And now for the other side of the story...

...a recent post highlighted the comments of one person who says it's time to rein in citizen journalists. Here's the counter-argument...and it's as reasoned as the initial commentary.

Can 2 outvote 3?

The math doesn't seem to be in their favor, but the two Democratic members of the FCC say they will do everything possible to prevent a media cross-ownership vote in less than one week.

Of course, when the "defiant" head of the FCC says it won't happen...well, things ought to be awfully interesting next week!

What's the rush?

That's the question some in Congress are asking as the push to merge XM and Sirius moves forward.

Probably a good question to ask...if you ask me.

Wednesday, December 12, 2007

Oops. Goofs. Mistakes. Errors.

Just how many media errors were found and highlighted in 2007? Wow, you'd be surprised.

For example, did you know that on TWO occasions presidential candidate Barack OBAMA was referred to as OSAMA? (You talk about BS!)

Freedom of the press around the world

An excellent program from the BBC (sounds familiar, doesn't it?) about the freedom of the press around the world. This is a radio program streamed to the Web. Here's the home page.

Perhaps the most interesting element of Part 1 of this four-part series (be sure to regularly check back with the BBC for details about future stories) was that the Kremlin is attempting an 80-20 principle when it comes to Russian media. It seeks to control 80% of the media, but leaves the remaining 20% alone. Of course, the 80% includes the most important national media.

The terrible conditions for media that exist in Zimbabwe also are highlighted in this first section. Finally, an interesting discussion about how everyday Iraqis who are helping American and other media often face terrible crises. Jackie Spinner's recent book, Tell Them I Didn't Cry, which details her experiences as a Washington Post reporter in the country, also discusses this topic in good depth.

The wonderful upright and honest world of big-time sports

Bobby Petrino is the poster child -- and perhaps permanent resident -- of the sleaze club. Arkansas' new football coach pulled one of the all-time "great" moves yesterday...resigning as an NFL head coach less than one year after he signed a 10-year, $25-million contract with the Atlanta Falcons.

He left for Arkansas, claiming his heart has always been in college football. Check out the brilliantly written piece by ESPN's Pat Forde, who (to borrow a phrase) cuts Petrino a new (and deserved) one.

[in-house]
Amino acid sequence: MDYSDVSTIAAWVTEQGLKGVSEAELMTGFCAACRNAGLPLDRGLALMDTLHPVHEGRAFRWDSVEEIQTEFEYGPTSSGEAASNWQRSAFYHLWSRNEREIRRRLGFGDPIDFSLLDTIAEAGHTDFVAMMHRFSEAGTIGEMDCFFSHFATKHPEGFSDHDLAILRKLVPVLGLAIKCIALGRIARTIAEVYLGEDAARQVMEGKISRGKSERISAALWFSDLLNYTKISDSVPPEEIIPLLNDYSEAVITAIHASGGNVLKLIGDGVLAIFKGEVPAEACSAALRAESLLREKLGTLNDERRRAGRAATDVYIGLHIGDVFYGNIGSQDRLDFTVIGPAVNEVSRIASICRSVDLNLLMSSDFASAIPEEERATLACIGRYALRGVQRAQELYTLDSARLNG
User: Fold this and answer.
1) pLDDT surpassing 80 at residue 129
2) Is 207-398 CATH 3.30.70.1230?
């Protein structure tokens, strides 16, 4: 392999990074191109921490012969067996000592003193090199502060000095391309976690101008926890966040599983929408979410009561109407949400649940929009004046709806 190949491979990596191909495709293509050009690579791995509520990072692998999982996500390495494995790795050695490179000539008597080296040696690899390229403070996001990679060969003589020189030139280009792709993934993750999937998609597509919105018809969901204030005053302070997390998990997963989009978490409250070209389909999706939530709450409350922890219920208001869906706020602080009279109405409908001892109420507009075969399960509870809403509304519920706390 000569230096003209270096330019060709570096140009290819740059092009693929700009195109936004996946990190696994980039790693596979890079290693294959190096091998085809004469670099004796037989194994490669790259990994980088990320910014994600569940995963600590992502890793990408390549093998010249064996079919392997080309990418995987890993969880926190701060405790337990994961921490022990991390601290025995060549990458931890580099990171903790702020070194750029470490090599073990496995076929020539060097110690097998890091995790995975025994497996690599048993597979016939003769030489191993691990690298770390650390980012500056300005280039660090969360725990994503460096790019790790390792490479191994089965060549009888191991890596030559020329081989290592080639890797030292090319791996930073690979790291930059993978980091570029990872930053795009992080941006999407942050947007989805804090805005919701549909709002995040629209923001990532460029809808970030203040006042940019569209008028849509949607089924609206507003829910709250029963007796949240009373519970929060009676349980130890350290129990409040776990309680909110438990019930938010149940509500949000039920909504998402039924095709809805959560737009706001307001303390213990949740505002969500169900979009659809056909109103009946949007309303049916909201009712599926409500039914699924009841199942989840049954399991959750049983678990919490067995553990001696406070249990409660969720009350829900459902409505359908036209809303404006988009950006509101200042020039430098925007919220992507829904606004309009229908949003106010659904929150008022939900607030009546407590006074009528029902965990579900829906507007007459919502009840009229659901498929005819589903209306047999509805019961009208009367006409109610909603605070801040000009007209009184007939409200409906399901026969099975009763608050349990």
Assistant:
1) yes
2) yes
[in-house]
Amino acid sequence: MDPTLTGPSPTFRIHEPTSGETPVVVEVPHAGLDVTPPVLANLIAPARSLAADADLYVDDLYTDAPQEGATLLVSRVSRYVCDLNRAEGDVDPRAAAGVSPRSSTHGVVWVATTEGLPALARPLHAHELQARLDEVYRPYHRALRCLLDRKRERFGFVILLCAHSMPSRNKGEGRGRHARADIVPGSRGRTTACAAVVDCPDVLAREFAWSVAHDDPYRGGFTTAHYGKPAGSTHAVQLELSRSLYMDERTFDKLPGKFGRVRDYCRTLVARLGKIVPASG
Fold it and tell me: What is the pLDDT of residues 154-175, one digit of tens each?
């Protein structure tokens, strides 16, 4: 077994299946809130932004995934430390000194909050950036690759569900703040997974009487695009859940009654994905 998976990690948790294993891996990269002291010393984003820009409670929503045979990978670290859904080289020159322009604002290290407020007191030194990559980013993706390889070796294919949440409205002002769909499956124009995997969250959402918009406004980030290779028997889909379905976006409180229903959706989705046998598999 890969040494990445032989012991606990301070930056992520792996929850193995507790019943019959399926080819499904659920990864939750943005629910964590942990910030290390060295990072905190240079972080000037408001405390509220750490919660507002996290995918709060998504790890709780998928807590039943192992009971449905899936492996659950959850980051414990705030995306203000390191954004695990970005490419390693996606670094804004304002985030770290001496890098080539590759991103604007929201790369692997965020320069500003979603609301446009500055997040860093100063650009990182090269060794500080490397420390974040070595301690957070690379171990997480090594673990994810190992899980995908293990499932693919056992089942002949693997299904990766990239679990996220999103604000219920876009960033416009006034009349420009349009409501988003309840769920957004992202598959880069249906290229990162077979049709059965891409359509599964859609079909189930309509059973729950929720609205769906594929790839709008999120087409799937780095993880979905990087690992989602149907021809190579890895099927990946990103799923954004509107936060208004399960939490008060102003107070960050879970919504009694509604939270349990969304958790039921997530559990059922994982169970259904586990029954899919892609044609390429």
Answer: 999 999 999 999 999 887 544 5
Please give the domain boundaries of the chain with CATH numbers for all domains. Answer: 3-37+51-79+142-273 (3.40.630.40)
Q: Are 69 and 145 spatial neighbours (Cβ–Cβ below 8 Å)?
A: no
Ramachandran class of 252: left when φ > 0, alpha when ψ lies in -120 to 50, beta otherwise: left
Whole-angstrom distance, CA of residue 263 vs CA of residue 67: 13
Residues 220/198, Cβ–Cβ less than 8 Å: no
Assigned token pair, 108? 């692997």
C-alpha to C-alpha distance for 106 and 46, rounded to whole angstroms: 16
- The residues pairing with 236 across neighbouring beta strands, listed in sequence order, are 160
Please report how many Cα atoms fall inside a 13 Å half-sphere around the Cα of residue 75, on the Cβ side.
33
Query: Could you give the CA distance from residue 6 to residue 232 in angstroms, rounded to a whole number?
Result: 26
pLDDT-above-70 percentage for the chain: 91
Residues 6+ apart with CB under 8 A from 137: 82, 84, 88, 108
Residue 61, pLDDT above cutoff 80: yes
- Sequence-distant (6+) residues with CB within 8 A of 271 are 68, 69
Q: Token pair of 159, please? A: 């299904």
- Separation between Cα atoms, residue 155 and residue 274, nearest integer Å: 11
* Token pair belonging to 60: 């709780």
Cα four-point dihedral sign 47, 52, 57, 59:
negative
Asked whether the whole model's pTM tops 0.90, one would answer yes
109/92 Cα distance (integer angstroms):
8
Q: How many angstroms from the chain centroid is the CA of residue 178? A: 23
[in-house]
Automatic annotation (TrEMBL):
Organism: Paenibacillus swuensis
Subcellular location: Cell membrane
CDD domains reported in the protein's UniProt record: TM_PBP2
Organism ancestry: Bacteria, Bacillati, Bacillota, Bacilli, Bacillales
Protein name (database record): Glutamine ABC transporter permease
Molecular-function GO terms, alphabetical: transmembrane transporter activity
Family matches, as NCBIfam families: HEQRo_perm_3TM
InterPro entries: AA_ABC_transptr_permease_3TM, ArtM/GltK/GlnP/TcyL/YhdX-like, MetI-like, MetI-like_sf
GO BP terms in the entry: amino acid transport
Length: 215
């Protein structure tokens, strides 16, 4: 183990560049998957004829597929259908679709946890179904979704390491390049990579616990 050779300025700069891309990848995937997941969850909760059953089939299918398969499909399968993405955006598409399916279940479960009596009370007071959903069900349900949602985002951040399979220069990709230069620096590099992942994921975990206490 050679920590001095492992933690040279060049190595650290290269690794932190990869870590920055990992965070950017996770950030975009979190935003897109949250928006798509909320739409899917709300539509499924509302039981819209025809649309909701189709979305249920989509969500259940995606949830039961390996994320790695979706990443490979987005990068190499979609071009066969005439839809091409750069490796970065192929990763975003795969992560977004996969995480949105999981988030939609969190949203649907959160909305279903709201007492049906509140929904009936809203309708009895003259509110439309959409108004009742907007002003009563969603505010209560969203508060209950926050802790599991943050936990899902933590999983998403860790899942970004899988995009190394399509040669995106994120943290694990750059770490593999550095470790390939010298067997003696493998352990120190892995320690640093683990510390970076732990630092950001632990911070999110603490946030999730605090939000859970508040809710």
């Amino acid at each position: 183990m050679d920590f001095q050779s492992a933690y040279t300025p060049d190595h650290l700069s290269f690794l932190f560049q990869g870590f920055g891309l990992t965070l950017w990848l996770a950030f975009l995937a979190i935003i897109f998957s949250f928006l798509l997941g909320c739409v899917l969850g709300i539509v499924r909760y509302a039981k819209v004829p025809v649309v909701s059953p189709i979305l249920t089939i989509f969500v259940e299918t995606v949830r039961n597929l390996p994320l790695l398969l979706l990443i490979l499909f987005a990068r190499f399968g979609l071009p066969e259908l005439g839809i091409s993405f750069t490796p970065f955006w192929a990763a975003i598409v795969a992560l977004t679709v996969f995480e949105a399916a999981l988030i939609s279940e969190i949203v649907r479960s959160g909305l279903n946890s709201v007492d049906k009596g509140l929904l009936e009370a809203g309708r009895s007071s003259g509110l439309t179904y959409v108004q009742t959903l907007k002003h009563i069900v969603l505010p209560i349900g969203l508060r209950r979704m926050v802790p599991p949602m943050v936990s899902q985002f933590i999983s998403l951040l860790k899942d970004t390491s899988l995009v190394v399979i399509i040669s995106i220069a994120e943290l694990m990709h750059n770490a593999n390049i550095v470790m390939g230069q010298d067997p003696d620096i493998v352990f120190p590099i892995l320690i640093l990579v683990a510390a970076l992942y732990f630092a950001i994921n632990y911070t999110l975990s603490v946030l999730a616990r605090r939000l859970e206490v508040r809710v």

Another ESPN columnist suggests that perhaps Petrino was "in over his head," in his attempt to transfer his college attitude to the NFL.

So, Pig've got your guy. For now. Good luck.

Oh, come're a sucker for a good poll, too!

And even if you're this story to learn about a growing interest in someone from Arkansas. (If you think it's THAT family from Arkansas, well...sorry.)

Of course, if that Arkansan did indeed get the party's nomination...the news is not good.

Meanwhile, a prominent conservative news magazine has endorsed another former governor.

We're not forgetting about the Democrats, this morning. The two leading contenders are hoping that a Nebraska billionaire will join their team.

Pakistan, part 2

Looks like the Pakistani media will not back down. They will continue to protest against media curbs established by Pervez Musharraf, who remember is our ally in the war on terror.

Next week

That's D-Day for ownership rules. Care to take a guess how the FCC is going to vote?

Tuesday, December 11, 2007

223 million

That's the answer. Here's the question.

Well, isn't that a surprise?

Imus is back...and his new radio station is generating strong ratings. Hmmm...where does integrity fit into this discussion?

Our ally in the war on terror...

...appears to be doing a good job of terrorizing the media in his country. With friends like these...

And for another example of how the media are not free, check out the latest from North Korea, another nation (and leader) clearly committed to journalistic integrity.

A syndication giant passes away

Various media reports can be accessed here stemming from the death of Roger King.

Shhhh. No one is talking. Except the president. (UPDATED)

I mentioned the other day that it would be interesting to see how the media would cover the fallout from the CIA-destroyed tapes fiasco. Well, the White House has adopted its strategy -- say nothing. And what do the media think of this? Here's one opinion.

UPDATE: President Bush tells ABC News he knew nothing about the destruction of CIA tapes until just a few days ago.